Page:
Reflections on Stripmall Eating

Sunday, March 26, 2006

Big Champin'

Name: Champa Laos
Location: 219 Haddonfield Berlin Road, Cherry Hill, NJ
Personnel: Rachel, Me
What We Ate: Mang Sa Vi Raj (Vegetarian Appetizer Plate With Corncakes, Spring Rolls, Fried Tofu; Two Kinds of Vegetable Dumplings and Cabbage Salad); Aom Laos With Chicken; Sticky Rice; Wild Ginger Tofu; Coconut Jasmine Rice; Tea
Condiments: Chili Sauce; Fish Sauce; Sweet and Sour Sauce
Bill Total: $50
Observations: The owners of the excellent Cafe de Laos on 11th Street have now opened a suburban outpost in the Centrum Shoppes strip in Cherry Hill. Like Cafe de Laos, Champa Laos is beautifully decorated with vibrant colors and gold stenciled walls. The menu is a similar mix of Thai and Lao specialties, but if memory serves, some of the offerings are different. Either way, you can't really go wrong here: A vegetarian Thai style appetizer sampler is a great start, with delicate spring rolls, ginger-inflected corn cakes and blocks of golden fried tofu. These crisp, oily treats are nicely balanced with a shredded cabbage salad dressed in chili and lime. I loved the light, tangy broth of the Aom Laos curry, with its herby scent of lemongrass and dill. The accompanying sticky rice came in a traditional bamboo basket which, when you're done sopping up sauce with the rice, could double as a cute little purse. The service is friendly, too. A word of advice, though: If you plan to go to this restaurant, don't Mapquest it.

Wednesday, March 15, 2006

You Gotta Have Balls*

Name: Sushikazu
Location: 920 Dekalb Pike, Blue Bell, PA
Personnel: Jesse, Me
What We Ate: Wasabi Shumai; Complimentary Hijiki and Tofu; Oshinko; Japanese Tuna Balls; Kanica Roll; Blue Bell Roll; Una Avo Roll; Green Tea; Complimentary Orange Sections
Condiments: Soy-Vinegar Shumai Dip; Soy Sauce
Bill Total: $48
Observations: Holy shit. We struck suburban gold. Jesse had been telling me about Sushikazu for some time, and we finally had the chance to visit last weekend. It's a small place and it's kind of hidden behind a strip mall off of Route 73. But the place was obscure only to me—on a Saturday night it was packed with much savvier diners who'd had the foresight to make a reservation. The hostess gently chastised us for our mistake and we hovered by the entrance, watching what looked like promotional tourism videos until she found us a table. Because it was so crowded service was slow, but boy, everything we had was well worth the wait: A plate of oshinko (pickled veggies) surprised with unexpected flares of sweetness and umami. Spicy-sweet pork dumplings wrapped in wasabi-flavored leaves melted on the tongue. The Kanika roll, a bundle of King crab, cucumber, glinting roe and spicy sauce, was crowned with perfectly airy shrimp tempura. The highlight, though. was Japanese tuna balls, where the soft raw fish was embedded with slivers of green onion, and crispy crackles of tempura and rice cake. Unfortunately my camera batteries ran out en route, or I would be sharing pics of these gorgeous creations.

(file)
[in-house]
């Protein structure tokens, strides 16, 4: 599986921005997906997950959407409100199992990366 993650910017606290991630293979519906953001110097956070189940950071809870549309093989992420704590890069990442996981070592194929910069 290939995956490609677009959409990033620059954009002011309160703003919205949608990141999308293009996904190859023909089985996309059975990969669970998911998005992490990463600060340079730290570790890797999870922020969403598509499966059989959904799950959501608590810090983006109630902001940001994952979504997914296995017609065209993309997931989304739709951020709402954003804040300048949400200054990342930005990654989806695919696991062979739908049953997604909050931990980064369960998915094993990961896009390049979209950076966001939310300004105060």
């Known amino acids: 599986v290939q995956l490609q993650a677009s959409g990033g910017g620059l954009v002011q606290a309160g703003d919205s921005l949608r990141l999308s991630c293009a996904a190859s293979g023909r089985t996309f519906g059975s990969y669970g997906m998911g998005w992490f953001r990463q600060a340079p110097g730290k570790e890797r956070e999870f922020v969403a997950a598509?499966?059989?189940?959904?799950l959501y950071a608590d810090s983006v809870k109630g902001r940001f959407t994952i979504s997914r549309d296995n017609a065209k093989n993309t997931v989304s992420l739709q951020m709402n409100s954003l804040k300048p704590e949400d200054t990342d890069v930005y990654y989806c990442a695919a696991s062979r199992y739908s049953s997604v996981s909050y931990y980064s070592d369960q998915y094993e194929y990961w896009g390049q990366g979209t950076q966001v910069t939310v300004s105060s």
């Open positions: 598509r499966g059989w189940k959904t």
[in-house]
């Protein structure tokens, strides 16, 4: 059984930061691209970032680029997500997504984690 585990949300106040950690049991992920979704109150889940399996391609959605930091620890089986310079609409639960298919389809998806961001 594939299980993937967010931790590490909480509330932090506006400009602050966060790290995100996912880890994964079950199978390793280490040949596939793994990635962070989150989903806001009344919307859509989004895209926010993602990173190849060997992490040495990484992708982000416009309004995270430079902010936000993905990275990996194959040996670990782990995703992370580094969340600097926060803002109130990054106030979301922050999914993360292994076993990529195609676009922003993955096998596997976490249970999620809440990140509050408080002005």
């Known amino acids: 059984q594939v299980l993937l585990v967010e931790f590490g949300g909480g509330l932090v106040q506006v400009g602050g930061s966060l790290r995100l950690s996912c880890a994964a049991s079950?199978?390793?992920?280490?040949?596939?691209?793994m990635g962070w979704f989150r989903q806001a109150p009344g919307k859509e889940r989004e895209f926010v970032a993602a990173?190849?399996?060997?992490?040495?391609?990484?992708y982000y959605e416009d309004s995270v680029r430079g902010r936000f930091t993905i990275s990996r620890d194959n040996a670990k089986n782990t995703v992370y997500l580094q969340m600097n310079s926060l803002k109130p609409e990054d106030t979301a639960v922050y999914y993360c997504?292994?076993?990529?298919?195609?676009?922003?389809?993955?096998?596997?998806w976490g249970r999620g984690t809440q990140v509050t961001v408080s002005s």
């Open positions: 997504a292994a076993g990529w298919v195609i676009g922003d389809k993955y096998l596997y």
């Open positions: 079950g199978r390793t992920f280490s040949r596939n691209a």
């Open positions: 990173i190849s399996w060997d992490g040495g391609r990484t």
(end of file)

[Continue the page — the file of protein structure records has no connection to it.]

*The title of this post is actually a reference to a novel by Lily Brett, which is about a octogenarian man who opens up a restaurant with his sexy Polish girlfriend. They specialize in all things ball-like.

Wednesday, March 08, 2006

Continental Style


Name: Coconut Bay Asian Cuisine
Location: White Horse Road, Voorhees, NJ
Personnel: Keith, Jesse, Me
What We Ate: Pickled Cucumbers With Chile Pepper; Hong Kong Noodle Soup With Seafood; Cold Sesame Noodles; Thai Fried Rice With Chicken, Pineapple and Raisins; Eggplant and Chicken in a Clay Pot; Lemon Jasmine Iced Tea
Condiments: None
Bill Total: $52
Observations:I read about Coconut Bay over the Internet, and we wanted to see Neil Young: Heart of Gold, so we decided to combine it with a blog dining outing nearby. (It should be noted that for a Philadelphian, New Jersey suburbs are exceedingly difficult to navigate. We drove around in a Mapquest-induced state of confusion until we finally realized that White Horse Pike and White Horse Road were two different thoroughfares.) Coconut Bay is in the Echelon Village Plaza, which boasts a Genuardi's and a Panera Bread.

If "Asian cuisine" sounds vague that's because the menu here truly spans the continent. You got your Malay beef, your Hirame, your Kung Pao, all in a fat bound volume that demands prolonged, furrowed brow concentration. I don't think restaurants ought to aim for diner-style comprehensiveness. It seems a little too deferential to picky diners. If we don't like curry, we'll go somewhere else. What we had was nicely presented, like the cold sesame noodles with cherry tomato buttons lining the plate, and the fried rice in a cute Polynesian pineapple bowl. The former was greasy and flavorless but the latter was actually quite zesty. I was surprised to find chunks of lobster tail floating in the Hong Kong noodle soup broth, but otherwise the dish was not worth the work of maneuvering two utensils. Jasmine iced tea was sweet, syrupy and herbal all at once, like a drinkable cough drop. We were running late for the movie so we didn't get a chance to sample dessert. (Oddly, there are only four on the menu.) It was all decent enough but next time I think I'd rather go back to Coriander, the excellent Indian restaurant a few doors down from the Ritz. The movie, on the other hand, was fantastic.